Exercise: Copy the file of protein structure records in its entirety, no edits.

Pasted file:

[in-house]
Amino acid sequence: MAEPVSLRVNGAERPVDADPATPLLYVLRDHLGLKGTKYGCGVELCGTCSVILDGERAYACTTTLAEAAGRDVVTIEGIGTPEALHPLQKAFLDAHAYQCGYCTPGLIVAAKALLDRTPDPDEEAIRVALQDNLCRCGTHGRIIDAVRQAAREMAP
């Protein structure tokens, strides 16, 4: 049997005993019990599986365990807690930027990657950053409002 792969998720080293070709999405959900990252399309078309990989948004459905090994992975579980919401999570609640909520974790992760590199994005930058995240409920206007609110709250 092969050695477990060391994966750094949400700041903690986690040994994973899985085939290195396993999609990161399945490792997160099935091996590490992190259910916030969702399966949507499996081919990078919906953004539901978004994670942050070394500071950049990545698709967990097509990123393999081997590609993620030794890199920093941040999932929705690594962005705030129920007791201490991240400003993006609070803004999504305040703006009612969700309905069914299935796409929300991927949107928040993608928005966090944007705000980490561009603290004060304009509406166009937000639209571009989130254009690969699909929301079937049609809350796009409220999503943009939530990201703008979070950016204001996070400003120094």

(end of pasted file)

[in-house]
Amino acid sequence: MAEPVSLRVNGAERPVDADPATPLLYVLRDHLGLKGTKYGCGVELCGTCSVILDGERAYACTTTLAEAAGRDVVTIEGIGTPEALHPLQKAFLDAHAYQCGYCTPGLIVAAKALLDRTPDPDEEAIRVALQDNLCRCGTHGRIIDAVRQAAREMAP
């Protein structure tokens, strides 16, 4: 049997005993019990599986365990807690930027990657950053409002 792969998720080293070709999405959900990252399309078309990989948004459905090994992975579980919401999570609640909520974790992760590199994005930058995240409920206007609110709250 092969050695477990060391994966750094949400700041903690986690040994994973899985085939290195396993999609990161399945490792997160099935091996590490992190259910916030969702399966949507499996081919990078919906953004539901978004994670942050070394500071950049990545698709967990097509990123393999081997590609993620030794890199920093941040999932929705690594962005705030129920007791201490991240400003993006609070803004999504305040703006009612969700309905069914299935796409929300991927949107928040993608928005966090944007705000980490561009603290004060304009509406166009937000639209571009989130254009690969699909929301079937049609809350796009409220999503943009939530990201703008979070950016204001996070400003120094």